The Ninth Circuit recently issued a divided and unpublished opinion in Young v. Hilton Worldwide Inc. et al, which plaintiffs may attempt to use in class action lawsuits against call centers for violations of the California Invasion of Privacy Act (“CIPA”). We previously reported that in Faulkner v. ADT Security Services Inc., the Ninth Circuit may have foreclosed class actions like the one presented in Young because of the court’s holding that CIPA violations, at least in the call center context, require an individualized, fact-intensive inquiry regarding, among other things, the relationship between the parties and the particular circumstances of the call. Arguably, such an inquiry would impose a substantial obstacle for any plaintiff seeking class certification for a CIPA claim.
In Young, however, the Ninth Circuit came to a different conclusion based on its understanding of the distinction between CIPA’s Section 632 (at issue in Faulkner) and Section 632.7 (at issue in Young). Section 632.7 states, in relevant part, that “[e]very person who, without. . . consent. . . intercepts or receives and intentionally records. . . a communication transmitted between two cellular radio telephones. . . shall be punished by a fine not exceeding. . . $2,500.” Missing from this statutory language is Section 632’s limitation that the intercepted or received call be a “confidential communication.” Relying on this distinction, the Ninth Circuit held that, in order to state a viable claim pursuant to Section 632.7, a plaintiff need not allege that the recorded communications were intended to be confidential. In other words, the viability of CIPA class actions may now turn on whether plaintiffs allege use of a cell phone, rather than a landline phone. Though an unfortunate decision, there are several reasons to believe the import of Young will be relatively limited.
First and foremost, Young is a 2/1/4-paged, unpublished opinion, with a somewhat strange history. The Ninth Circuit was tasked with reviewing a district court order that dismissed plaintiff’s Section 632 and Section 632.7 claims but, for reasons unknown, the order only discussed and formally ruled upon plaintiff’s Section 632 claim. Consequently, the Ninth Circuit was reviewing a relatively limited record, and did not have the benefit of the district court’s analysis (nor did it have the benefit of Hilton’s analysis) with respect to the plaintiff’s Section 632.7 claim.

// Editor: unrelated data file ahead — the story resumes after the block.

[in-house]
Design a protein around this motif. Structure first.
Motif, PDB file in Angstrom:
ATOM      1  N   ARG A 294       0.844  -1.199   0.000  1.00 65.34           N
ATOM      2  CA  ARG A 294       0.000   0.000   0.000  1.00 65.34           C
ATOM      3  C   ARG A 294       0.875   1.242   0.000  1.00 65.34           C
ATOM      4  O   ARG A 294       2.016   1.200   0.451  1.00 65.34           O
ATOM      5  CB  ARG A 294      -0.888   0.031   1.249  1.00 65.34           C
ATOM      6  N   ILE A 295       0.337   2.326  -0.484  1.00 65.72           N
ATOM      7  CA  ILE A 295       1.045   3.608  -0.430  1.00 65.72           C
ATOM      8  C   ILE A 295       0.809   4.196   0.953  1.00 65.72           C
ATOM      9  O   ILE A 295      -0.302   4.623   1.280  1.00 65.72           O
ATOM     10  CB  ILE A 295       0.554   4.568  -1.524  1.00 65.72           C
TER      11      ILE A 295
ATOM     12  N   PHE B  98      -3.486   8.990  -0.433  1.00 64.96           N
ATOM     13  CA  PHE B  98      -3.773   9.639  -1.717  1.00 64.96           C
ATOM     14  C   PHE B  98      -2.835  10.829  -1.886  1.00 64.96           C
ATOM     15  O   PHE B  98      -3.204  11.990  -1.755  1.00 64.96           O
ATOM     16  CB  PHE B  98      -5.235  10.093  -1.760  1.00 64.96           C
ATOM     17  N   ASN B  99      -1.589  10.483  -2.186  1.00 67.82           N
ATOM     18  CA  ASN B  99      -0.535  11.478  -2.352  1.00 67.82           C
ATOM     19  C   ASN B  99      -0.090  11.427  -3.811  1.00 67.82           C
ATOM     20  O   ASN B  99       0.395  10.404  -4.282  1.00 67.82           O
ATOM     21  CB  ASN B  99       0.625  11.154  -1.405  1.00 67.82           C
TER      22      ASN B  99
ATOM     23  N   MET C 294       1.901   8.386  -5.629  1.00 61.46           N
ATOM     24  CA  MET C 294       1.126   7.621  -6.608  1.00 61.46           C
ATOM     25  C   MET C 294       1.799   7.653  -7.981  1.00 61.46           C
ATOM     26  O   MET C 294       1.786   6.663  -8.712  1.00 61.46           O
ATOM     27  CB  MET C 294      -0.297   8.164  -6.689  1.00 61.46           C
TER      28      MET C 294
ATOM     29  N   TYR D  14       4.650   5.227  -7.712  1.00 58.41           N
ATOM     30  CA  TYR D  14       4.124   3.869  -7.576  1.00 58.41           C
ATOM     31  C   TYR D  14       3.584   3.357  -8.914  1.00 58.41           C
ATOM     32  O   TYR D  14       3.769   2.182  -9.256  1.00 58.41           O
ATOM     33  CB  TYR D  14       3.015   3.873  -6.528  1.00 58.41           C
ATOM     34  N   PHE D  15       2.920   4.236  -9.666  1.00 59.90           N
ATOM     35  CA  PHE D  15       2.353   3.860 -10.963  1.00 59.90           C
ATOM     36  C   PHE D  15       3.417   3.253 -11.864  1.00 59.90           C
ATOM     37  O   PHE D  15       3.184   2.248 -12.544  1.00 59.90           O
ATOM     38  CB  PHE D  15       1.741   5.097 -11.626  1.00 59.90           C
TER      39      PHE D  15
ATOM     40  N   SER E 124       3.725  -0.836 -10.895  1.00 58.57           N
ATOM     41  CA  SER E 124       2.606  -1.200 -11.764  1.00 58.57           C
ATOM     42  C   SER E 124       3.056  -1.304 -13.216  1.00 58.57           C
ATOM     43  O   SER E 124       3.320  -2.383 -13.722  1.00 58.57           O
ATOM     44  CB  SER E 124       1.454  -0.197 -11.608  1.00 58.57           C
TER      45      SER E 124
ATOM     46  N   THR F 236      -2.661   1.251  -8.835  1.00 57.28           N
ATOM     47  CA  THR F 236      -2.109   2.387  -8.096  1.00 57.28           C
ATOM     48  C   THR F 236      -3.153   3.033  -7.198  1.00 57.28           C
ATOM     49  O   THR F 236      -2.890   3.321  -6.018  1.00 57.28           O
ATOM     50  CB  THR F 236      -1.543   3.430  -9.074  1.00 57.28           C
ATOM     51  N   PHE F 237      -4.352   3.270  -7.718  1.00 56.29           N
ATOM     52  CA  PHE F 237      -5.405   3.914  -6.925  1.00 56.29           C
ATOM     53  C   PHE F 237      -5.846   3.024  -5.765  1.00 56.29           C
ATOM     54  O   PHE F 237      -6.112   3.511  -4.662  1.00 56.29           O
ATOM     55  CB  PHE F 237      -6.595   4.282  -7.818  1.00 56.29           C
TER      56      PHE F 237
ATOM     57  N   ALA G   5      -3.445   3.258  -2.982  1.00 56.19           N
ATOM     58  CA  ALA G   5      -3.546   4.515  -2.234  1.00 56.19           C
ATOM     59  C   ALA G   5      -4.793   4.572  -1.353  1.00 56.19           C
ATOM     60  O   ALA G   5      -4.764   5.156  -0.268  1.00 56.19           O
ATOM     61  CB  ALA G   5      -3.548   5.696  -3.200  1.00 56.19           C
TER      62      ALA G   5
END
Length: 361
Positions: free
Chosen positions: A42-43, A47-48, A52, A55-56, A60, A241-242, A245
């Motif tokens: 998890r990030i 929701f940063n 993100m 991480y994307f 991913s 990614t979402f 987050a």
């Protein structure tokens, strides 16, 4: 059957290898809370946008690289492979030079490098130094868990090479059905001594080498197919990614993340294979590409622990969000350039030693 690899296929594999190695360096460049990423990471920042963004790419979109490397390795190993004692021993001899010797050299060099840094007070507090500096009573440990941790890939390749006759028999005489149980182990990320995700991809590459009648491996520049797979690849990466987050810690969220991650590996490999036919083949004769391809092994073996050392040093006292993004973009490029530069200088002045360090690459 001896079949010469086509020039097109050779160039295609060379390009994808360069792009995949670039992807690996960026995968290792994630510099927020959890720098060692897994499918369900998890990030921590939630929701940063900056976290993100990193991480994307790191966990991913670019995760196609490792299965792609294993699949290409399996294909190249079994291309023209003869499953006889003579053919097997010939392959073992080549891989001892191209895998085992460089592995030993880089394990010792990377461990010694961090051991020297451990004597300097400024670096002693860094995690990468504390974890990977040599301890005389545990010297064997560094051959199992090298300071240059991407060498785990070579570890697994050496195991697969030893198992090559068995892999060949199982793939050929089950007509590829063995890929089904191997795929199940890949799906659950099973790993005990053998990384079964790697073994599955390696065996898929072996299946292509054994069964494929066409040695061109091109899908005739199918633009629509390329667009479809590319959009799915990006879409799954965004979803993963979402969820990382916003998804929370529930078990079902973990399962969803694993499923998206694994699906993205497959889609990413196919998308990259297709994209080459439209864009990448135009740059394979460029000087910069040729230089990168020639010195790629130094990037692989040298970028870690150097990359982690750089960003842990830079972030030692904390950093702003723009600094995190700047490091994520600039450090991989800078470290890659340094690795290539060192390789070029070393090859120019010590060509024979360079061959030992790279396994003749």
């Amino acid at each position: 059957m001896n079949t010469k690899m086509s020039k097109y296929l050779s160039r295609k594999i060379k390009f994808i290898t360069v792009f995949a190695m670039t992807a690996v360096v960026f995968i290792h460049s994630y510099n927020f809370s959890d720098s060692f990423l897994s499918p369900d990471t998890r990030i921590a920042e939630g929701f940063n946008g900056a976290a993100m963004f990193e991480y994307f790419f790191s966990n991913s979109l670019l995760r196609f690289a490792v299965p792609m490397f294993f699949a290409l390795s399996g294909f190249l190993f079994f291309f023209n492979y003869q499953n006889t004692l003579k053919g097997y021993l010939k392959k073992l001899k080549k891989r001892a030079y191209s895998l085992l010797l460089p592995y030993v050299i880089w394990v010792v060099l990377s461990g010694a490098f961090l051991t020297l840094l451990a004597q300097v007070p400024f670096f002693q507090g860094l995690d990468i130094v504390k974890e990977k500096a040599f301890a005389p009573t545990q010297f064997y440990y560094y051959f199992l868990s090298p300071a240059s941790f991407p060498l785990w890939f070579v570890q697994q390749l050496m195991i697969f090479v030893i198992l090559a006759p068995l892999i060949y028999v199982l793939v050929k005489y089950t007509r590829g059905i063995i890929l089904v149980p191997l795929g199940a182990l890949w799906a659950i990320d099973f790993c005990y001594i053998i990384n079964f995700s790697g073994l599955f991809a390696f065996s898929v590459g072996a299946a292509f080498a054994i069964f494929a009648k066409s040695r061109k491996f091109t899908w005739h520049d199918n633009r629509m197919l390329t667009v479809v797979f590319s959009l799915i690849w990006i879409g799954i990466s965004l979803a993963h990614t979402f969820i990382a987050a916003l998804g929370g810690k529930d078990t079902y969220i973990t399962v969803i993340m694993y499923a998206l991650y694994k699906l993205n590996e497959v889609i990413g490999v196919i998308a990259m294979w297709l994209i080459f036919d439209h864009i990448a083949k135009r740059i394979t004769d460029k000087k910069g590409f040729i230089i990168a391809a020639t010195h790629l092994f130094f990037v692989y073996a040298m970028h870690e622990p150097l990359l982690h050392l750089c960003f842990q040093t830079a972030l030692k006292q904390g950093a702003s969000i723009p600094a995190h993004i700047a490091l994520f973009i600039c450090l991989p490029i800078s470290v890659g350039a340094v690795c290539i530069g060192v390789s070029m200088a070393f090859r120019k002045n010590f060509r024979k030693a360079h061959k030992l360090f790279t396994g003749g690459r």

Second, while Hilton raised several statutory construction arguments in its appellate briefing, the Ninth Circuit declined to address them because it determined that the arguments were waived by Hilton. Accordingly, it is unclear whether or not such arguments would have traction in a future case.
Third, in a dissenting opinion in Young, Judge Motz, a Senior District Judge for the United States District Court for the District of Maryland (sitting by designation), raised several compelling arguments that, given a proper record, may succeed in future cases. Specifically, the dissent argued:
The California Supreme Court case Flanagan v. Flanagan, upon which the majority heavily relied, determined the proper definition of the word “confidential” as it is used in Section 632. Flanagan was not reviewing a Section 632.7 claim.
There is no principled reason why the “service-observing” exception (an exception that applies to businesses which record phone calls for the purposes of monitoring their employees) applicable to Section 632 should not also apply to Section 632.7. A contrary reading would arguably destroy the exception because most customers use cell phones, and because employers cannot determine with any degree of efficiency or certainty whether a customer is calling from a cell phone or a landline phone.
CIPA’s use of the terms “receive” and “intercept” may suggest that the statute was not meant to reach intended parties to a communication, but rather parties who received the communication by some means short of “intercepting” it. A contrary reading arguably renders “intercept” superfluous because one who intercepts a call also receives the call.
Since CIPA is a criminal statute, the majority’s view that recording a call is either criminal or innocent based on the conduct of the caller (i.e., whether or not he/she uses a cell phone) is fraught with problems, some of them potentially constitutional in nature.
It is possible we will be able to evaluate the impact of Young sooner, rather than later. There have been numerous cases brought in federal district court, as well as in California state court, wherein plaintiffs have alleged virtually identical class action claims. See, e.g., Simpson v. Vagabond Franchise System Inc., Case No. 2012-00126259-CV, Super. Ct. Sacramento; Simpson v. Vantage Hospitality Group, Inc., Case No. RG 12637277, Super. Ct. Alameda; Simpson v. Doubletree Management LLC, et al., Case No. C12-016033, Super. Ct. Contra Costa; McCabe v. Intercontinental Hotels Group Resources, Inc., Case No. RG12637671, Super. Ct. Alameda; Simpson v. Ramada Worldwide, Inc., Case No. CV174549, Super Ct. Santa Cruz; McMachon v. Embassy Suites Management, Case No. CGC-12-522496, Super. Ct. San Francisco; Roberts v. Wyndham International Inc., Case No. RG 12639819, Super. Ct. Alameda; Simpson v. Best Western International, Inc., Case No. 12-cv-04672-JCS, 2012 U.S. Dist. LEXIS 162181 (N.D. Cal. Nov. 13, 2012). It is possible that the statutory arguments waived by Hilton, and discussed by Judge Motz in Young, will make their way up to the Ninth Circuit before long.
Hopefully the dissent in Young will prove to be the stronger position. Suffice it to say for now that companies, regardless of the industry they are in, should make absolutely sure that that they immediately implement policies designed to obtain prior consent before recording calls from their customers.